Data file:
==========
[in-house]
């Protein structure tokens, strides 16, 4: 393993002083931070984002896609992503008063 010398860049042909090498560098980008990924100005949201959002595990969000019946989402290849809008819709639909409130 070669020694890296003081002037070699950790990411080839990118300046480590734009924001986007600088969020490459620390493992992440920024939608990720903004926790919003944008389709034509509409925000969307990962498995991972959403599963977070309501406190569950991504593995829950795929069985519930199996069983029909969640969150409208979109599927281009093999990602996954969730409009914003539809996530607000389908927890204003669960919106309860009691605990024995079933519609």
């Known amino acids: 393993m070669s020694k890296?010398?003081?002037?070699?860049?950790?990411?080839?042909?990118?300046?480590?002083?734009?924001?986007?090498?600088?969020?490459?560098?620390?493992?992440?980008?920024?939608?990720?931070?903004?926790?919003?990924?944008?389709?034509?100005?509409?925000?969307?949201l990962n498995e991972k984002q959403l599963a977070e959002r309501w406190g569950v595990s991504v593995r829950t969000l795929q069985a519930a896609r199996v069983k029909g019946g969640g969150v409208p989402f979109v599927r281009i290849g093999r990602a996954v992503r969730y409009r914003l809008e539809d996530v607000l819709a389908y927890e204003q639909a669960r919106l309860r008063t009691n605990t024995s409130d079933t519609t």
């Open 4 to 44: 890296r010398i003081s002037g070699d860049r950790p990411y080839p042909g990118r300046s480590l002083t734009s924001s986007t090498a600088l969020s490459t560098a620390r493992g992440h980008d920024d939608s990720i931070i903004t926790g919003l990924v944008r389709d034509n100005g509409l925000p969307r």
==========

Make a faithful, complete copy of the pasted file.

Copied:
[in-house]
């Protein structure tokens, strides 16, 4: 393993002083931070984002896609992503008063 010398860049042909090498560098980008990924100005949201959002595990969000019946989402290849809008819709639909409130 070669020694890296003081002037070699950790990411080839990118300046480590734009924001986007600088969020490459620390493992992440920024939608990720903004926790919003944008389709034509509409925000969307990962498995991972959403599963977070309501406190569950991504593995829950795929069985519930199996069983029909969640969150409208979109599927281009093999990602996954969730409009914003539809996530607000389908927890204003669960919106309860009691605990024995079933519609």
């Known amino acids: 393993m070669s020694k890296?010398?003081?002037?070699?860049?950790?990411?080839?042909?990118?300046?480590?002083?734009?924001?986007?090498?600088?969020?490459?560098?620390?493992?992440?980008?920024?939608?990720?931070?903004?926790?919003?990924?944008?389709?034509?100005?509409?925000?969307?949201l990962n498995e991972k984002q959403l599963a977070e959002r309501w406190g569950v595990s991504v593995r829950t969000l795929q069985a519930a896609r199996v069983k029909g019946g969640g969150v409208p989402f979109v599927r281009i290849g093999r990602a996954v992503r969730y409009r914003l809008e539809d996530v607000l819709a389908y927890e204003q639909a669960r919106l309860r008063t009691n605990t024995s409130d079933t519609t």
């Open 4 to 44: 890296r010398i003081s002037g070699d860049r950790p990411y080839p042909g990118r300046s480590l002083t734009s924001s986007t090498a600088l969020s490459t560098a620390r493992g992440h980008d920024d939608s990720i931070i903004t926790g919003l990924v944008r389709d034509n100005g509409l925000p969307r």